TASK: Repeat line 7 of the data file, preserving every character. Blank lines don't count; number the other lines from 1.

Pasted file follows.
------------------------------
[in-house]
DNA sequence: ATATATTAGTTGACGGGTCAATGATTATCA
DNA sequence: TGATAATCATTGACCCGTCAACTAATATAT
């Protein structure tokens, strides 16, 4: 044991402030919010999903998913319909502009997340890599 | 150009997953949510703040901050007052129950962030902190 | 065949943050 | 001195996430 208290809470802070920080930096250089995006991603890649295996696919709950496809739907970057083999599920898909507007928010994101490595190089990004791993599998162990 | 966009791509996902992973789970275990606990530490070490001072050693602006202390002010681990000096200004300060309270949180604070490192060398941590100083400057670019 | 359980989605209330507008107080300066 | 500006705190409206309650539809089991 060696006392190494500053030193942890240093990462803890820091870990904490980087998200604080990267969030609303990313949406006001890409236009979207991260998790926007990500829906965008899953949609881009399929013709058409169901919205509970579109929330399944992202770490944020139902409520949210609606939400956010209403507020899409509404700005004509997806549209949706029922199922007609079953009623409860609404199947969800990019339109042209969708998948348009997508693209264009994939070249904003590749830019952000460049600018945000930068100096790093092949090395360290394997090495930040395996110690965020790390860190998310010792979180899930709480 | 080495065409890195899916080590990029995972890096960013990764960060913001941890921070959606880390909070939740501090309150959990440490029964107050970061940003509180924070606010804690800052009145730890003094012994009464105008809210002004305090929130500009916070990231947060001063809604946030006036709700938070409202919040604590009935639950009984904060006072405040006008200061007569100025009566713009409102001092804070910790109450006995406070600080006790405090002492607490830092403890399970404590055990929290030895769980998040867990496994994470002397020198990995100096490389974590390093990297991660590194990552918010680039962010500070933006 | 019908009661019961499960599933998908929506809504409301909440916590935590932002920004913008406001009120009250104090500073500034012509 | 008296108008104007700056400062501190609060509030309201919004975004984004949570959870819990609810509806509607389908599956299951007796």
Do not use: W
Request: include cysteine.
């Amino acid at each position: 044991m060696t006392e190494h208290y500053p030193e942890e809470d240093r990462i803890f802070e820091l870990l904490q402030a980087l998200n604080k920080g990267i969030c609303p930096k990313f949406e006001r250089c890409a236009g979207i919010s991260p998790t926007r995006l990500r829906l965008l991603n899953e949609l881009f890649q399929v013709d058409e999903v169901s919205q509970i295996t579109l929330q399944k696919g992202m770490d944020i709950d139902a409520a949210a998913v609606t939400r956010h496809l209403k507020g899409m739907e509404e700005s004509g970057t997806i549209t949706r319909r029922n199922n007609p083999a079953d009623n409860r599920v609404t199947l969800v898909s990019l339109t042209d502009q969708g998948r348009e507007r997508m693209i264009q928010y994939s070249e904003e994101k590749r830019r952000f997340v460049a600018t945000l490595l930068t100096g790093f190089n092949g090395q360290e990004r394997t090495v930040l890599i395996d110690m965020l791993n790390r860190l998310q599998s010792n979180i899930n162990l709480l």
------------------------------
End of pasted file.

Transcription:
């Amino acid at each position: 044991m060696t006392e190494h208290y500053p030193e942890e809470d240093r990462i803890f802070e820091l870990l904490q402030a980087l998200n604080k920080g990267i969030c609303p930096k990313f949406e006001r250089c890409a236009g979207i919010s991260p998790t926007r995006l990500r829906l965008l991603n899953e949609l881009f890649q399929v013709d058409e999903v169901s919205q509970i295996t579109l929330q399944k696919g992202m770490d944020i709950d139902a409520a949210a998913v609606t939400r956010h496809l209403k507020g899409m739907e509404e700005s004509g970057t997806i549209t949706r319909r029922n199922n007609p083999a079953d009623n409860r599920v609404t199947l969800v898909s990019l339109t042209d502009q969708g998948r348009e507007r997508m693209i264009q928010y994939s070249e904003e994101k590749r830019r952000f997340v460049a600018t945000l490595l930068t100096g790093f190089n092949g090395q360290e990004r394997t090495v930040l890599i395996d110690m965020l791993n790390r860190l998310q599998s010792n979180i899930n162990l709480l």